Spring is here, which means that you can start to enjoy the outdoors with your favorite pooch again! While you may be excited at the prospect of all that quality time exercising and exploring, you'll need to give some thought to the safety of your pet. The great outdoors have their hazards, after all, and you don't want your fun time together to be ruined because you didn't take some basic precautions. Here are six things that you can do to ensure that your dog is safe when you head outside this spring!
1. Check their Paws after Walks
With the weather finally warming up, many of the roads and sidewalks will now be covered in leftover salt and snow-melting chemicals. As time goes on, these will be washed away by the rain, but for the moment they're still in evidence in some parts of the country – and being applied directly to your dog's feet every time you take them out. In order to keep your dog from licking these hazardous substances, inspect and wash their paws after every walk.
2. Don't use Sticks for Fetch
Heading outdoors to play fetch or a friendly game of tug-of-war with your dog can be fun, but don't use those sticks or branches left behind from winter. Sticks can damage your dog's mouth, as well as pose a choking hazard. Instead, use a rubber chew toy, Frisbee or tennis ball for springtime fun.
3. Start Tick Prevention Early
Unfortunately, warmer weather means bugs. Ticks can transmit diseases to your pet, and fleas are incredibly hard to get out of your house once they've started breeding and laying eggs. The good news about this as it relates to your dog is that you can avoid the problem entirely by taking some early preventative action. Pick up flea and tick prevention for dogs now, before they've hurt your pet or hitched a ride into your home.
4. Dogs Can Have Allergies Too
Dogs are just as susceptible to seasonal allergies as their owners are, so keep an eye out for any reactions. Things like pollen, flowering trees, dust, tulips, and even mold can spur an allergic reaction in a dog. Some of their symptoms could include sneezing, itching, coughing, oily-feeling fur, and flaky skin. If these symptoms persist, take your furry friend to visit the vet so that they can be properly diagnosed and allergy medicines can be recommended for them.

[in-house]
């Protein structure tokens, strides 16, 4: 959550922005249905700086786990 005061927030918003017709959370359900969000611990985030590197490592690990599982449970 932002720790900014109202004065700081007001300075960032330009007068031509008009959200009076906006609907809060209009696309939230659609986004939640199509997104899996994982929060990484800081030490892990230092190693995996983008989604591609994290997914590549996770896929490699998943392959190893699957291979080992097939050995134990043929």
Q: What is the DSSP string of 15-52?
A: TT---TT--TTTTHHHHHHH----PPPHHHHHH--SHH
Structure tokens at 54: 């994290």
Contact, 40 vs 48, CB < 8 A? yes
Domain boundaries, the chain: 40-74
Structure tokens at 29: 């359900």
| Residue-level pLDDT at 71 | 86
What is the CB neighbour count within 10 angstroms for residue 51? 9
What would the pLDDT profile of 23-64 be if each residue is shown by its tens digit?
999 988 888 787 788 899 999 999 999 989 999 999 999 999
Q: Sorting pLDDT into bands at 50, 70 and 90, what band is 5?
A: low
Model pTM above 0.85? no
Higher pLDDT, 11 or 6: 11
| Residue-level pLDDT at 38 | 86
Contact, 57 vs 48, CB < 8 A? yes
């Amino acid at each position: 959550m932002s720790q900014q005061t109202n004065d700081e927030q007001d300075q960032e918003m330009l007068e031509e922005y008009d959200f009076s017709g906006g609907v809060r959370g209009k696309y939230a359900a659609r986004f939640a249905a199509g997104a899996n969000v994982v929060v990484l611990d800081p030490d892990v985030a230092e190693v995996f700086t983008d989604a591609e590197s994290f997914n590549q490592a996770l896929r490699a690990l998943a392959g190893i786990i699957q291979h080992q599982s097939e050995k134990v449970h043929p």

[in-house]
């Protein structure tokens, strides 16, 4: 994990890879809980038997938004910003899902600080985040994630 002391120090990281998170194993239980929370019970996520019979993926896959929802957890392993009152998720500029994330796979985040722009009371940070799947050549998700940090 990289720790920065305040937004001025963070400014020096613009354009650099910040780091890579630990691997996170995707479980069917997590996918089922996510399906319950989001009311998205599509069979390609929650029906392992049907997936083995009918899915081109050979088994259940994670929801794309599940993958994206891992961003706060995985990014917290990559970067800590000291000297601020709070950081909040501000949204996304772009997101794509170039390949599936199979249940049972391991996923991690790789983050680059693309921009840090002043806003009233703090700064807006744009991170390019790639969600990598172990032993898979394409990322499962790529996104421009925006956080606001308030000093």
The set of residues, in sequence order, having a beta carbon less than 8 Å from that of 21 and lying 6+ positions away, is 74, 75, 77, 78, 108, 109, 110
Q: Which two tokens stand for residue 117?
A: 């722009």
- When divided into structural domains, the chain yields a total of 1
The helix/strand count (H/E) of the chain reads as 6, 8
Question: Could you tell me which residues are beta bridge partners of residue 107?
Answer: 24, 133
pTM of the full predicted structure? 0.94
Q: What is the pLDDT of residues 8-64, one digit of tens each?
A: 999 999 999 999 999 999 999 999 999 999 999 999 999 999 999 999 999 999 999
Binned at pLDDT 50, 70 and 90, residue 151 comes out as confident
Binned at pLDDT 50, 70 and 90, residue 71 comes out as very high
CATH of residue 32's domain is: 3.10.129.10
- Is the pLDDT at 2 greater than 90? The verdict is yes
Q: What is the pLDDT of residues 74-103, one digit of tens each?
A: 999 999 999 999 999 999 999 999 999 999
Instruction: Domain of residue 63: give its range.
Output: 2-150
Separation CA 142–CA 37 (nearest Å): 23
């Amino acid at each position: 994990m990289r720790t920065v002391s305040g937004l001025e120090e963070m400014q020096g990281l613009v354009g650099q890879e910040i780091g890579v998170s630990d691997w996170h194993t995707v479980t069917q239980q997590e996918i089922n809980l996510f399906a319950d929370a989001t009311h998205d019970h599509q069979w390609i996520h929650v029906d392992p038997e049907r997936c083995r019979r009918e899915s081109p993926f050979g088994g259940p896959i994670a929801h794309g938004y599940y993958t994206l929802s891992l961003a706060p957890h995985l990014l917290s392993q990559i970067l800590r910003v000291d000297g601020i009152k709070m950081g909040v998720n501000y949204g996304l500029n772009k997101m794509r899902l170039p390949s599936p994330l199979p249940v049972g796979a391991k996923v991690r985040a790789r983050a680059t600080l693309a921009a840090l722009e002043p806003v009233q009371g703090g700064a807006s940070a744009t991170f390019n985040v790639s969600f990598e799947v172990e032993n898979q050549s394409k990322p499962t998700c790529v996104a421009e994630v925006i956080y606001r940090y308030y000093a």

5. Watch Out for New Plants and Pesticides
As mentioned above, blooming flowers and plants are one of the defining characteristics of spring, but they can look like tempting treats to dogs. Many dogs are already fond of grass, but some other plants are harmful and even poisonous to them and can cause a variety of problems if digested, such as diarrhea, vomiting, and even death. Make it a habit to keep a close eye on your dog when outside and don't let them chew on anything that you aren't sure about. In addition, be careful about letting your dog eat the grass. While the grass itself isn't usually harmful to your dog, the pesticides that many people put on their lawns in spring are!
6. Pet-Friendly Spring Cleaning
Spring cleaning is almost a national event at this point, as people all over clean the clutter and dust that has accumulated in their homes over the winter. However, when you own a pet, you have to be a little more careful than most about the process. One of the best ways to do this is to use pet-friendly, non-toxic cleaners that won't harm your dog if they get into them or come in contact with areas that you just cleaned. Also, it's always smart to keep cleaning products stored in a safe location that is out of your dog's reach, for extra safety.
At Vet Supply Source, we want to help you keep your dog safe and healthy year round. Check out our preventative products and keep reading our blog for more tips on pet care!